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    A soldier in the "Ulster Guard" describes the August 9, 1864 explosion at City Point

    Civil War Archive of Jacob H. Moseley, 20th New York State Militia (80th New York Volunteers). Approximately twenty-five letters totaling more than 150 pages, 5" x 8", dating from October 21, 1861 to at least August 10, 1864, from Moseley to his brother Charles H. Moseley in Williamsburg, New York. The letters are written from various camps and hospitals in Virginia and Washington, D.C. Approximately half of the letters are accompanied by their original transmittal covers. Five letters are written on patriotic letterhead, and several are on 20th Regiment New York State Militia letterhead. Moseley's letters describe camp life, troop movements, military activity, his precarious health, and his post-war prospects. Most notable are letters describing the Battle of Cold Harbor, and a twelve-page letter describing the August 9, 1864 Explosion at City Point.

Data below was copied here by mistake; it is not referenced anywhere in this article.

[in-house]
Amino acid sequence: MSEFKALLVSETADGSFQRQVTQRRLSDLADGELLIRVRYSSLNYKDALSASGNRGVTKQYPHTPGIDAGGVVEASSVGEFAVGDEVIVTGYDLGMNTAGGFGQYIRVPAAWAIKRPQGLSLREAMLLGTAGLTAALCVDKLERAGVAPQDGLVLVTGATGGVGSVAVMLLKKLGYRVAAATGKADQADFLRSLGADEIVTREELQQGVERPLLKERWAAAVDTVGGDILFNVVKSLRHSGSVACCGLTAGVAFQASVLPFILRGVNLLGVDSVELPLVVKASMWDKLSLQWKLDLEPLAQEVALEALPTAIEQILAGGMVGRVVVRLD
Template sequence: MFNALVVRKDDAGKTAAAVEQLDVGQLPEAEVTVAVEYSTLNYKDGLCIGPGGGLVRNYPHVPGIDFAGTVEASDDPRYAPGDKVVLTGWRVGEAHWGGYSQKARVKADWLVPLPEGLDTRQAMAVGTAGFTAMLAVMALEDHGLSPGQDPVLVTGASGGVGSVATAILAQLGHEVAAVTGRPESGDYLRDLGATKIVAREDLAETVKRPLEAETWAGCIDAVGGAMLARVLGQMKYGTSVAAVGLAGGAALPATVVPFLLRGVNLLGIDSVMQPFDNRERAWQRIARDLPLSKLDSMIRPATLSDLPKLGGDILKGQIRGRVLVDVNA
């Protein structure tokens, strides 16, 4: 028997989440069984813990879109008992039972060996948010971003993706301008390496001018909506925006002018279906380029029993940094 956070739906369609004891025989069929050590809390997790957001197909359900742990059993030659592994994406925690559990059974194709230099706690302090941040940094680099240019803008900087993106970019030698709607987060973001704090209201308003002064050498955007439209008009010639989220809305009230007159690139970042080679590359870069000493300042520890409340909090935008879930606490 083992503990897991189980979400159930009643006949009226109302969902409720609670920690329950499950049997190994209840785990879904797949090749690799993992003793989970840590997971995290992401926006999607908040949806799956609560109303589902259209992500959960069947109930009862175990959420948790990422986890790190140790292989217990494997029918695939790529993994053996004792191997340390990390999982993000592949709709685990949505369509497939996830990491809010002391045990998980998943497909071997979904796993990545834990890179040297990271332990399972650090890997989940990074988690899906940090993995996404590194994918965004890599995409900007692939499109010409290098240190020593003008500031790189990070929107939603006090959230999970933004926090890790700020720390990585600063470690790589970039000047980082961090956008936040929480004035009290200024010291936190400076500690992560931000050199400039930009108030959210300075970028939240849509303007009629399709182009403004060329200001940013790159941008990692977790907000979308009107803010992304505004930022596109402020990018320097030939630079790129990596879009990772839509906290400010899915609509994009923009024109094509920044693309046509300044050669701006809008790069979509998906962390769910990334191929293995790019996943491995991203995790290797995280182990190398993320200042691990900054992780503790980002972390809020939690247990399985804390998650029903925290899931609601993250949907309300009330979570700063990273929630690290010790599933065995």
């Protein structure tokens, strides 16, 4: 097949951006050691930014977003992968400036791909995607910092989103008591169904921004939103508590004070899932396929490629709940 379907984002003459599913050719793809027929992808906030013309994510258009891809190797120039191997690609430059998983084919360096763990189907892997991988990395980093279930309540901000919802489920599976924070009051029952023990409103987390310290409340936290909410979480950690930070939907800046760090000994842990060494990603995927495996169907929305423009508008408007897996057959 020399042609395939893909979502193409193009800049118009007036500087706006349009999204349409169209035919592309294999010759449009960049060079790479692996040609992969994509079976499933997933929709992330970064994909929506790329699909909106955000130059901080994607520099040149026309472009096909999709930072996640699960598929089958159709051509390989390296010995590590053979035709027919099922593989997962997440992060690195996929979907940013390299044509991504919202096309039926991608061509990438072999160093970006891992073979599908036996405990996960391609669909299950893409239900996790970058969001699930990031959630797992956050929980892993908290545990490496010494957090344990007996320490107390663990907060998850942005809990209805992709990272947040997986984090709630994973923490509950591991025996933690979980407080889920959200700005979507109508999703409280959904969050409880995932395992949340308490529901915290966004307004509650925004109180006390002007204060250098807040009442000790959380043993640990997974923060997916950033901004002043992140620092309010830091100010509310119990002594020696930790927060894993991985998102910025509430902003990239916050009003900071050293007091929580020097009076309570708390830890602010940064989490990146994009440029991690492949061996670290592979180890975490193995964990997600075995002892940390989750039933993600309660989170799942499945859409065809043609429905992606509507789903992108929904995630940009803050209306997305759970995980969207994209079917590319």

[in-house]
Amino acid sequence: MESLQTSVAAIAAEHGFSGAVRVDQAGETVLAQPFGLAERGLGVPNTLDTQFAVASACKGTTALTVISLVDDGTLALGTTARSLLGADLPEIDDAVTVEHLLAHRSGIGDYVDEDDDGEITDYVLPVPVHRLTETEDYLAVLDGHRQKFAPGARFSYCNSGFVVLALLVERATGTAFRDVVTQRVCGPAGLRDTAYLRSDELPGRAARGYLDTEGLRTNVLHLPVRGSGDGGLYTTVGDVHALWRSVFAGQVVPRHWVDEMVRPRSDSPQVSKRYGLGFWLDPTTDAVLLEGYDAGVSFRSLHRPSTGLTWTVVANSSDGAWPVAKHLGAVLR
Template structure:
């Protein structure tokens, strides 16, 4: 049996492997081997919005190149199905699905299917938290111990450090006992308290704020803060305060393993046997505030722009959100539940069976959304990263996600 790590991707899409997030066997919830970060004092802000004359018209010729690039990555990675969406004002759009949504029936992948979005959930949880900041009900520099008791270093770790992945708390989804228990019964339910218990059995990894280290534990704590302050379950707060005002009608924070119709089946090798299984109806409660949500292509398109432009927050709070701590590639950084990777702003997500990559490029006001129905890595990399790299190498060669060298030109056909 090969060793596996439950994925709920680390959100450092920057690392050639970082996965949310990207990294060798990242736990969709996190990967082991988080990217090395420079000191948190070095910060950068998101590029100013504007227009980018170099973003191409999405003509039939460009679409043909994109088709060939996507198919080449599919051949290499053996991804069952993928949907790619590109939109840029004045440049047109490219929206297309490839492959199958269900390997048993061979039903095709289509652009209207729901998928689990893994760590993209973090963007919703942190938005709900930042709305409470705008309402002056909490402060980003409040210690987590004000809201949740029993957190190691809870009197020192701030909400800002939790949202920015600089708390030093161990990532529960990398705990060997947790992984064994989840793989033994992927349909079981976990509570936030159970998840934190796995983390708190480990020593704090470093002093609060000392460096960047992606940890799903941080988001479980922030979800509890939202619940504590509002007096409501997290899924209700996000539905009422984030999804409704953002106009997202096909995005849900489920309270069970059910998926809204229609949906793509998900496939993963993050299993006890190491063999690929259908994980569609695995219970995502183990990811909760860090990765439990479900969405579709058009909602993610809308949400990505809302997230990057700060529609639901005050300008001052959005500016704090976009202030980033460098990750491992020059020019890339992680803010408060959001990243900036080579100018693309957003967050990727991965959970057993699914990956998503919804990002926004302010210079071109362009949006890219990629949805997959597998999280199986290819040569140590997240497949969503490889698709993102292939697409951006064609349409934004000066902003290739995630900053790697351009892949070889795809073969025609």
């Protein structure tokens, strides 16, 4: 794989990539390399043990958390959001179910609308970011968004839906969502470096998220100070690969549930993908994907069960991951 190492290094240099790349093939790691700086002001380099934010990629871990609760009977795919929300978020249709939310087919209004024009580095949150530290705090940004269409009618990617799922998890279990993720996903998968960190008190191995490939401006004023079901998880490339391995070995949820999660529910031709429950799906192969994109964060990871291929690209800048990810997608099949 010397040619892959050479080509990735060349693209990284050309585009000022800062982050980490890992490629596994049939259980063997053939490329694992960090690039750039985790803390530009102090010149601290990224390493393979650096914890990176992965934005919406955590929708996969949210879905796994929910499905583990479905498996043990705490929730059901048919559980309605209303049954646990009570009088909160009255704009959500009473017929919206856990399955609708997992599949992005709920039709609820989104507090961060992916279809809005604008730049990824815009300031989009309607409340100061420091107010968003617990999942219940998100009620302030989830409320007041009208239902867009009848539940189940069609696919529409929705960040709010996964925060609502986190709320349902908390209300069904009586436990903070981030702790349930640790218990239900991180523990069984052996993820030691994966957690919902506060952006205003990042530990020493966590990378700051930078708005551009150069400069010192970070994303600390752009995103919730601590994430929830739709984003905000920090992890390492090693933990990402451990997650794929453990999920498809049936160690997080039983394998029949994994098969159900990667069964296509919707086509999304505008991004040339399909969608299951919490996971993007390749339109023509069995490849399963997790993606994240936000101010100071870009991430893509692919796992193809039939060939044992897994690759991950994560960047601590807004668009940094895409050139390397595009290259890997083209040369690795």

Moseley's first letter to his brother, dated October 21, 1861, is from camp in Kingston, New York, where he noted that he has "been acting Corporal in camp." He informed his brother that some of the men in the regiment were having a hard time learning how to march. "There are some of the greenest countrymen in the regiment You ever saw and it seems impossible to learn them to March in the flanking movements." By November 3 Moseley's regiment was camped in Kalorama Heights outside of Washington, D.C., "the land of Dixie. Where the inhabitants raise cotton tobacco the secession flag and a large quantity of H...l." On December 19, 1861, writing from Camp Wadsworth, Upton Hill, Virginia, Moseley told his brother of a foraging expedition his regiment undertook. "Monday morning we were routed out at 3 o'clock and marched off we knew not whare [sic] sun rise found ourselves drawn up in a line Battle about ¾ mile from Fair Fax, presently we heard the baggage wagons coming and then knew we were on a foraging expedition the 21st regiment loaded the wagons while we watched for the enemy to appear, who were 30,000 strong about 2 ½ or 3 miles from us. 50 wagon loads of corn, 20 of oats, 20 or 30 of hay, were taken under the rebels noses in less than two hours."